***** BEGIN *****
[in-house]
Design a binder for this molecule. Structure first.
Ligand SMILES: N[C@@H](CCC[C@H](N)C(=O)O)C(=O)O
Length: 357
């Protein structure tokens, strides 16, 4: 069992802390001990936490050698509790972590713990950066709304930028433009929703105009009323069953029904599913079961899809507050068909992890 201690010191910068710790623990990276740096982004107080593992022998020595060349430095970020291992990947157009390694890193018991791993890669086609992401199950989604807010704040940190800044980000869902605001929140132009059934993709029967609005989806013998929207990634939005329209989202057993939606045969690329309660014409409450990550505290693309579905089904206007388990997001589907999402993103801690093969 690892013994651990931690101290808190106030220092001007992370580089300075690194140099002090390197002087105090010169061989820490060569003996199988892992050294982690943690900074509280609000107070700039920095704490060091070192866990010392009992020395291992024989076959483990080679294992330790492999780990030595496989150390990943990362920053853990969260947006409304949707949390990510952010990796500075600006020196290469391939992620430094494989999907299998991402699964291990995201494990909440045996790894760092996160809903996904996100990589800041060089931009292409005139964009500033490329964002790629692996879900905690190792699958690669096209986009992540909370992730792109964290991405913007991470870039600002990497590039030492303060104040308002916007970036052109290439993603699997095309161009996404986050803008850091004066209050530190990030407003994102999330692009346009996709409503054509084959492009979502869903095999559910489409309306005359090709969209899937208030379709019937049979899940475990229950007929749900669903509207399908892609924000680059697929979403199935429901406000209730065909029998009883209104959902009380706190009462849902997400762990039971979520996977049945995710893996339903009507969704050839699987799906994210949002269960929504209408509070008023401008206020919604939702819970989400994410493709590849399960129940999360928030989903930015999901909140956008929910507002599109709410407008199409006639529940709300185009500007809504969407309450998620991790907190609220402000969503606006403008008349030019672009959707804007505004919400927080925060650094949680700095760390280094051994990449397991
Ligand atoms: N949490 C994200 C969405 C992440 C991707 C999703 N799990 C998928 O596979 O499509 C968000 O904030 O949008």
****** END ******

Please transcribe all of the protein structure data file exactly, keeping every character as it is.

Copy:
[in-house]
Design a binder for this molecule. Structure first.
Ligand SMILES: N[C@@H](CCC[C@H](N)C(=O)O)C(=O)O
Length: 357
């Protein structure tokens, strides 16, 4: 069992802390001990936490050698509790972590713990950066709304930028433009929703105009009323069953029904599913079961899809507050068909992890 201690010191910068710790623990990276740096982004107080593992022998020595060349430095970020291992990947157009390694890193018991791993890669086609992401199950989604807010704040940190800044980000869902605001929140132009059934993709029967609005989806013998929207990634939005329209989202057993939606045969690329309660014409409450990550505290693309579905089904206007388990997001589907999402993103801690093969 690892013994651990931690101290808190106030220092001007992370580089300075690194140099002090390197002087105090010169061989820490060569003996199988892992050294982690943690900074509280609000107070700039920095704490060091070192866990010392009992020395291992024989076959483990080679294992330790492999780990030595496989150390990943990362920053853990969260947006409304949707949390990510952010990796500075600006020196290469391939992620430094494989999907299998991402699964291990995201494990909440045996790894760092996160809903996904996100990589800041060089931009292409005139964009500033490329964002790629692996879900905690190792699958690669096209986009992540909370992730792109964290991405913007991470870039600002990497590039030492303060104040308002916007970036052109290439993603699997095309161009996404986050803008850091004066209050530190990030407003994102999330692009346009996709409503054509084959492009979502869903095999559910489409309306005359090709969209899937208030379709019937049979899940475990229950007929749900669903509207399908892609924000680059697929979403199935429901406000209730065909029998009883209104959902009380706190009462849902997400762990039971979520996977049945995710893996339903009507969704050839699987799906994210949002269960929504209408509070008023401008206020919604939702819970989400994410493709590849399960129940999360928030989903930015999901909140956008929910507002599109709410407008199409006639529940709300185009500007809504969407309450998620991790907190609220402000969503606006403008008349030019672009959707804007505004919400927080925060650094949680700095760390280094051994990449397991
Ligand atoms: N949490 C994200 C969405 C992440 C991707 C999703 N799990 C998928 O596979 O499509 C968000 O904030 O949008």